Trial misconstrued as ‘pro-life’

A trial where pharmacists would discuss contraceptive options with patients seeking EC has sparked a public backlash, with comments about “Bible bashing chemists” and “gatekeeping”

Pharmacy researchers have expressed disappointment at the way a new trial has been reported by the Daily Telegraph – and the way Australians have responded.

Monash University’s ALLIANCE trial— which is expected to see 21 pharmacies in NSW, Victoria and the Blue Mountains offering counselling and potential referral to women seeking emergency contraception or early medical abortion—has been granted nearly $2.5 million by the Federal Government.

The Daily Telegraph reported this headlined, “Talk before birth control… Pharmacists to offer counselling”.

“Instead of simply handing over the pills, pharmacists would instead ask if a woman would take part in a private-room counselling session on the available birth control options before referring them to a relevant clinic,” wrote chief reporter Linda Silmalis.

Gabrielle Williams, Victorian Minister for Prevention of Family Violence, Women & Aboriginal Affairs, tweeted her concern, saying the Government “pushes a not-so-subtle pro-life agenda”.

A social media storm ensued, with Australians referring to the trial as “paternalistic gatekeeping” and “a pharmacist asking humiliating questions in public”.

One person referred to “bible bashing chemists” and said they felt this was a return to the “dark ages”.

University Department of General Practice Head, Professor Danielle Mazza, said on social media that “The ALLIANCE trial will train pharmacists who have a private consulting room and support them to deliver contraceptive counseling to these women should they want to better understand their contraceptive options”.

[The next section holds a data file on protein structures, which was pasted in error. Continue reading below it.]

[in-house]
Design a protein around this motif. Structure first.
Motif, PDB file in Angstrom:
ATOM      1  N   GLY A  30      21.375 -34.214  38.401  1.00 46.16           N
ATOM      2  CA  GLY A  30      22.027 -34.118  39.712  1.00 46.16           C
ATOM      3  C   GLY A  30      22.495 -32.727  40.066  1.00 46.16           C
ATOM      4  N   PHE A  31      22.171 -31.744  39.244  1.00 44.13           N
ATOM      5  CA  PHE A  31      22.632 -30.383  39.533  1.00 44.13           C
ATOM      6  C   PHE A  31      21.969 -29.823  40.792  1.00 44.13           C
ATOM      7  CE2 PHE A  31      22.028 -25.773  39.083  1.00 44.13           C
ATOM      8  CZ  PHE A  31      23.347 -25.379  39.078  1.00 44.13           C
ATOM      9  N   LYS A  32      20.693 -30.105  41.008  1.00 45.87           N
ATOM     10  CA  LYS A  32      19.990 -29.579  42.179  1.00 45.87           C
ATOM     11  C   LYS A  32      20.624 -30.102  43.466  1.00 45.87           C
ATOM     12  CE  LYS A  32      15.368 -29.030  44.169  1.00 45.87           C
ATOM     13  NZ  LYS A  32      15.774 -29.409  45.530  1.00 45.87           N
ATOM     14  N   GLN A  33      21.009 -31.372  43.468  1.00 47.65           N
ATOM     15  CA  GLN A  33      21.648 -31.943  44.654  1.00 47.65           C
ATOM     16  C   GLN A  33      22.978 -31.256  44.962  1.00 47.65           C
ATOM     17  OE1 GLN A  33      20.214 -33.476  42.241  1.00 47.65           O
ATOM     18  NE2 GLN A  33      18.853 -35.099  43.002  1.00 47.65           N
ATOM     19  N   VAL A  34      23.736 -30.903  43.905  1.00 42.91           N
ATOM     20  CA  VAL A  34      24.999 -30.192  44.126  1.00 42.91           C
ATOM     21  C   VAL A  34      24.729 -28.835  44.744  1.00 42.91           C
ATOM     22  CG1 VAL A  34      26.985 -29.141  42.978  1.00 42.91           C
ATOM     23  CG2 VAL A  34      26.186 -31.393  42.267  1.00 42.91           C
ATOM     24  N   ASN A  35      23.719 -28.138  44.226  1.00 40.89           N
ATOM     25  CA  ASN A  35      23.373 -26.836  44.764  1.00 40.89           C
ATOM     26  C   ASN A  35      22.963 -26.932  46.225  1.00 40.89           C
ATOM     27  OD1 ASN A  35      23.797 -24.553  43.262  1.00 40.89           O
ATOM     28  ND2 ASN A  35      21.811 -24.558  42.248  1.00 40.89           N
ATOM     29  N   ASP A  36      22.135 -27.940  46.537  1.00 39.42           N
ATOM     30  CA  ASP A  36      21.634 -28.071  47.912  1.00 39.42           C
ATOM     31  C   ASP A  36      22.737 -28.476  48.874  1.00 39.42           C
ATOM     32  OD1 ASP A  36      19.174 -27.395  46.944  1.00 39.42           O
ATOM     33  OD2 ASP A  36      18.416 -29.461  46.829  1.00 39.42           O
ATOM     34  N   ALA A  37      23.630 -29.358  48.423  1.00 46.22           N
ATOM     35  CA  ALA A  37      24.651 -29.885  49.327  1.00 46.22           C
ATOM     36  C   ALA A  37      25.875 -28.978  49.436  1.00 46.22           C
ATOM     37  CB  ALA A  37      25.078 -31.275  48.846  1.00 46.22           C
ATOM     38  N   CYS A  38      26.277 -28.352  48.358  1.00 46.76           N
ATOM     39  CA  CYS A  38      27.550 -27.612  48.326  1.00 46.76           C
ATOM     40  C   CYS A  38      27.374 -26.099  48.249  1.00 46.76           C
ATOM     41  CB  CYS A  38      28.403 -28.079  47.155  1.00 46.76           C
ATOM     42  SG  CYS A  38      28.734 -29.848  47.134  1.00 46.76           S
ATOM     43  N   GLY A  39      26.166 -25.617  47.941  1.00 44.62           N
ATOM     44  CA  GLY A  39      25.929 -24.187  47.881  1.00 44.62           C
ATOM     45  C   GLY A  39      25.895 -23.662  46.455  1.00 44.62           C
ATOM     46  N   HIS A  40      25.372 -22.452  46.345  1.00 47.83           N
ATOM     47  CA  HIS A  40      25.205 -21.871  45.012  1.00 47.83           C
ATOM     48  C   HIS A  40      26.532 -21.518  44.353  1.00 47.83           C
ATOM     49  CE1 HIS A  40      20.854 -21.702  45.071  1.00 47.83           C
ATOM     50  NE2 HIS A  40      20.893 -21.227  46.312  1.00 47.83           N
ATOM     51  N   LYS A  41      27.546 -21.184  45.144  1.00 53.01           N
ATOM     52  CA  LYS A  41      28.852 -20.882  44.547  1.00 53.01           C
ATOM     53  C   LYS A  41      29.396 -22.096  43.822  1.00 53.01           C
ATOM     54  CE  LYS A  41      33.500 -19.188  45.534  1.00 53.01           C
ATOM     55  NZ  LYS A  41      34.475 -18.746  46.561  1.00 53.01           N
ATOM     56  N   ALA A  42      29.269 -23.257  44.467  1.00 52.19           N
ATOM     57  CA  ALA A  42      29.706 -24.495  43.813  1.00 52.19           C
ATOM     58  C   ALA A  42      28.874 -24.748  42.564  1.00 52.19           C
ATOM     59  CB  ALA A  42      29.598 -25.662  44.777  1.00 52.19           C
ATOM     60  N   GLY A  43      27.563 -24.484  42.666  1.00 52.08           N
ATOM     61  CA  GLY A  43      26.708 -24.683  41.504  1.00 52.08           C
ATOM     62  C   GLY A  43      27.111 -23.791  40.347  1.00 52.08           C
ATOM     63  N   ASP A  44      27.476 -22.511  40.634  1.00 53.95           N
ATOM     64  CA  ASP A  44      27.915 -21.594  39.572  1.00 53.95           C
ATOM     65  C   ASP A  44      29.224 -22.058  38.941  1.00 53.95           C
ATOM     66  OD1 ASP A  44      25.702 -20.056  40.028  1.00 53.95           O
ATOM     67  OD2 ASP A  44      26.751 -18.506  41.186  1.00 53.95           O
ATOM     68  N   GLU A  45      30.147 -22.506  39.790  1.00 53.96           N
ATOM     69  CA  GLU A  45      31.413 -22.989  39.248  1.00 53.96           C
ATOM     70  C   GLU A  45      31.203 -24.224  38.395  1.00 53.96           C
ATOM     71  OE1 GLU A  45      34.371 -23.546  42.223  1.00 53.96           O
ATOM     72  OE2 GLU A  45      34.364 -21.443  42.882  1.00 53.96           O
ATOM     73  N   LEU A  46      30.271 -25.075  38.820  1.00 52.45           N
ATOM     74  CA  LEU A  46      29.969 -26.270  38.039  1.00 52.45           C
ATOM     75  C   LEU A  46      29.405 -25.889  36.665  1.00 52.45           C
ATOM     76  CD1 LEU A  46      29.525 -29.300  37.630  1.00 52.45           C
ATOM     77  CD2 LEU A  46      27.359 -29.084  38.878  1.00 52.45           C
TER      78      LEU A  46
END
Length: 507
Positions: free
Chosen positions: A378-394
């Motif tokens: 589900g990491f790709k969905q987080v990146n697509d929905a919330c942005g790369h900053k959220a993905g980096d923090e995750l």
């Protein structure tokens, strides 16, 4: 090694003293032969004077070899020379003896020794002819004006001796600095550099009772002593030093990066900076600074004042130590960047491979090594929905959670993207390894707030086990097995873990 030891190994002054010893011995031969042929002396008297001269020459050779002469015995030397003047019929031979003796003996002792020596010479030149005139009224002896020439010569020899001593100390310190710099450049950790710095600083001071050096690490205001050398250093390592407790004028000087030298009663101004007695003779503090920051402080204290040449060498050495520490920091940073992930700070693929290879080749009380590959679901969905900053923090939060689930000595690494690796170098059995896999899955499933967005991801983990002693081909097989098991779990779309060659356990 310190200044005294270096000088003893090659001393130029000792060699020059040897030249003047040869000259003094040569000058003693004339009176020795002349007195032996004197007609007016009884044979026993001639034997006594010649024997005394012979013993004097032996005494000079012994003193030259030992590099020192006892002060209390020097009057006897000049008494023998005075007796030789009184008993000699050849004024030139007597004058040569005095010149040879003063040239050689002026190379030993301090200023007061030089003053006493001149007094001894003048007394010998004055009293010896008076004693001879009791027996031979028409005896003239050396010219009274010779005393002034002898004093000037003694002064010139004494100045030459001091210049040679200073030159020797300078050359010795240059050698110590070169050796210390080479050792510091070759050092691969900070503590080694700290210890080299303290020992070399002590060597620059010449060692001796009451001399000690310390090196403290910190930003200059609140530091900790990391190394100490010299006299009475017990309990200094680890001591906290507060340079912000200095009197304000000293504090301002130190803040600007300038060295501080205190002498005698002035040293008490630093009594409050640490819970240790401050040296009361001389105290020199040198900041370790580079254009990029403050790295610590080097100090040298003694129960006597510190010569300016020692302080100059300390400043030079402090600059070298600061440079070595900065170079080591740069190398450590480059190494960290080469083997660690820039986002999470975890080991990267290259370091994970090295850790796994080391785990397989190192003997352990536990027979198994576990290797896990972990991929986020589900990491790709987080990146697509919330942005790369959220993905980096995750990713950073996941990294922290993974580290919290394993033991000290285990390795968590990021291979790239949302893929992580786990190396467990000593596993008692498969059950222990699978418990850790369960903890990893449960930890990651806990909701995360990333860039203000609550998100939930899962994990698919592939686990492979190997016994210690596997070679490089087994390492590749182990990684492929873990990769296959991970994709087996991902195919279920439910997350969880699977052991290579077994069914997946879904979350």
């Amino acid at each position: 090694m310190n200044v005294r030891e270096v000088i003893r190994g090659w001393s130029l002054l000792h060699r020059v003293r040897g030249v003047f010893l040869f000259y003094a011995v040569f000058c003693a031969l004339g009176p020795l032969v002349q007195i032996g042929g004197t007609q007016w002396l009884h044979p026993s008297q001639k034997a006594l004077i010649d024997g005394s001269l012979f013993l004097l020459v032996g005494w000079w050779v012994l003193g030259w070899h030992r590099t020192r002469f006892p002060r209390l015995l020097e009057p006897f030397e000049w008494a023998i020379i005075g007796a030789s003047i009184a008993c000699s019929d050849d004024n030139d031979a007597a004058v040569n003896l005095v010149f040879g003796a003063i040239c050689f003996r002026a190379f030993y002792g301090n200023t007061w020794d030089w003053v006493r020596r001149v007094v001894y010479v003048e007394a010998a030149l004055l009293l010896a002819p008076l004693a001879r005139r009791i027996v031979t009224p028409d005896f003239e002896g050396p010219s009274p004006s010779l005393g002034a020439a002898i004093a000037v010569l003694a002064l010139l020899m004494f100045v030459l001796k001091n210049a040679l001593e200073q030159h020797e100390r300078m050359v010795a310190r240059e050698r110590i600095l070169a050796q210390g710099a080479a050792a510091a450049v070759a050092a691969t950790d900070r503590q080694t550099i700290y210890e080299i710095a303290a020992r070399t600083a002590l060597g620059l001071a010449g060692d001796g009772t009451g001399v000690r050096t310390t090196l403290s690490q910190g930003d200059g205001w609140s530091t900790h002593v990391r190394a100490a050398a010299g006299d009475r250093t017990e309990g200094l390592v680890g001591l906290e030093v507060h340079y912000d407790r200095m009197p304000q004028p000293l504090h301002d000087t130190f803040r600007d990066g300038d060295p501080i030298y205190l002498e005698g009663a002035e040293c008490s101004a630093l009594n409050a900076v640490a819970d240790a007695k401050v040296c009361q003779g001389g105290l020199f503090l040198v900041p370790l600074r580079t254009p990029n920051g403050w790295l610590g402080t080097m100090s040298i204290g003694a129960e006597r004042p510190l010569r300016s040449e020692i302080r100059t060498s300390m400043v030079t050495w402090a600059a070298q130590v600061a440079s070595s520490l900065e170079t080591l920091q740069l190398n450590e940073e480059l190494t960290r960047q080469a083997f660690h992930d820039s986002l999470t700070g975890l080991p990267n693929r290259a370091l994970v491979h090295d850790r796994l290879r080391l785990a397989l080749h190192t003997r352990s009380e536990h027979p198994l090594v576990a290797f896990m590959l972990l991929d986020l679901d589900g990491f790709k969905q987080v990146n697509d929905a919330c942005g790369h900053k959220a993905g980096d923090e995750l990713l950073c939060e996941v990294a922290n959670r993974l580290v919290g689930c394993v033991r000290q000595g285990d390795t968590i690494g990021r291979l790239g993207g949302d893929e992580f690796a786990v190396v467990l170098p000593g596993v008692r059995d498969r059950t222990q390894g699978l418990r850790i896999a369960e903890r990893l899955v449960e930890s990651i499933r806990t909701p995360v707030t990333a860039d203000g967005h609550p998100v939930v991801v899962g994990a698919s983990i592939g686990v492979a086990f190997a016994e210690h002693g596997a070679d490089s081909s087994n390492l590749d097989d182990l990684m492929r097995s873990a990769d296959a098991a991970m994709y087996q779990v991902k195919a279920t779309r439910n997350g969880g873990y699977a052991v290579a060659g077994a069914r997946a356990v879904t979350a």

She wrote that the trial hoped to “help women get access to contraception that works best for them”.

It is based on the successful BRIDGE-IT trial undertaken in Scotland, which saw increased uptake of long-acting contraceptive options.

Adjunct Senior Lecturer at the School of Primary and Allied Health Care, Monash University and NHMRC Centre for Research Excellence in Sexual and Reproductive Health in Primary Care (SPHERE)’s Safeera Hussainy told the AJP that the intent – and the likely mechanism, which is still being finalised – of the trial had been misconstrued and poorly reported in the mainstream media.

She said that while she and the research team were “thrilled” to receive government funding, she was very surprised at the reaction.

She said ALLIANCE refers to quality family planning services in community pharmacy, and expanding the scope of practice of pharmacists, while at the same time alluding to the therapeutic alliance pharmacists form with patients when they are providing medicines advice and information – as well as their alliance with GPs and local family planning and sexual and reproductive health care providers.

“It’s not like we’re trying to shove this down people’s throats,” said Dr Hussainy. “We’re trying to promote a public health policy.”

She highlighted that the finer details of the trial’s methodology still need to be determined, given the proposal has only just been given funding.

“You don’t necessarily work out [at this stage] things like, for example, how will that woman be made aware of her opportunity to engage in such a conversation? Is it going to be verbally done, or is there a tick box option on the form when she requests EC… or a leaflet in the bag?”

“They’re details we work through when we do the co-design workshop with consumer input,” she said, pointing out the significant involvement of consumer partners.

She noted that the uptake of long-acting reversible contraceptives is low in Australia, though “we know they are the most reliable form of contraception”.

“If women still prefer to be on the oral contraceptive pill or any other form, that’s of course her choice,” Dr Hussainy said.